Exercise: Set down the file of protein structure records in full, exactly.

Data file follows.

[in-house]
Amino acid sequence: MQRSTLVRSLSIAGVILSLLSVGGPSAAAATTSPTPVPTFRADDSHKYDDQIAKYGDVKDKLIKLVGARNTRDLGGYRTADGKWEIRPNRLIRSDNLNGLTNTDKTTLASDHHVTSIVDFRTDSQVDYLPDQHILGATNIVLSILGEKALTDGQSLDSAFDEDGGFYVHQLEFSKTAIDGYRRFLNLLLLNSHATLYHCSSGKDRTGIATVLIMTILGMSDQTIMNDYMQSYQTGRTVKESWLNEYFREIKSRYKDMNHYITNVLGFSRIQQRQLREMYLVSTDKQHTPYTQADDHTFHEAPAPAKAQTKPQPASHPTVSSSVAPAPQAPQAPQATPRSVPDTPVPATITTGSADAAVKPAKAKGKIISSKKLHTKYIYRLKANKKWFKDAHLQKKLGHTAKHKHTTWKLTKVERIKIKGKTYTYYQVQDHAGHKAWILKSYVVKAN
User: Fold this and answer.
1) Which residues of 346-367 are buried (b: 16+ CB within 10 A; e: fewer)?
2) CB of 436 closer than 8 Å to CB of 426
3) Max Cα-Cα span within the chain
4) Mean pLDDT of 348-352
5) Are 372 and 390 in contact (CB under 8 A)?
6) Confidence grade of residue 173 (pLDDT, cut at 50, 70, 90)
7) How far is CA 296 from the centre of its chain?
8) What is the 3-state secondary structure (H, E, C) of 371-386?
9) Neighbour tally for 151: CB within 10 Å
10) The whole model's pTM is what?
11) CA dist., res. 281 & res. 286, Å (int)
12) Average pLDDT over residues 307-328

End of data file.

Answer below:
[in-house]
Amino acid sequence: MQRSTLVRSLSIAGVILSLLSVGGPSAAAATTSPTPVPTFRADDSHKYDDQIAKYGDVKDKLIKLVGARNTRDLGGYRTADGKWEIRPNRLIRSDNLNGLTNTDKTTLASDHHVTSIVDFRTDSQVDYLPDQHILGATNIVLSILGEKALTDGQSLDSAFDEDGGFYVHQLEFSKTAIDGYRRFLNLLLLNSHATLYHCSSGKDRTGIATVLIMTILGMSDQTIMNDYMQSYQTGRTVKESWLNEYFREIKSRYKDMNHYITNVLGFSRIQQRQLREMYLVSTDKQHTPYTQADDHTFHEAPAPAKAQTKPQPASHPTVSSSVAPAPQAPQAPQATPRSVPDTPVPATITTGSADAAVKPAKAKGKIISSKKLHTKYIYRLKANKKWFKDAHLQKKLGHTAKHKHTTWKLTKVERIKIKGKTYTYYQVQDHAGHKAWILKSYVVKAN
User: Fold this and answer.
1) Which residues of 346-367 are buried (b: 16+ CB within 10 A; e: fewer)?
2) CB of 436 closer than 8 Å to CB of 426
3) Max Cα-Cα span within the chain
4) Mean pLDDT of 348-352
5) Are 372 and 390 in contact (CB under 8 A)?
6) Confidence grade of residue 173 (pLDDT, cut at 50, 70, 90)
7) How far is CA 296 from the centre of its chain?
8) What is the 3-state secondary structure (H, E, C) of 371-386?
9) Neighbour tally for 151: CB within 10 Å
10) The whole model's pTM is what?
11) CA dist., res. 281 & res. 286, Å (int)
12) Average pLDDT over residues 307-328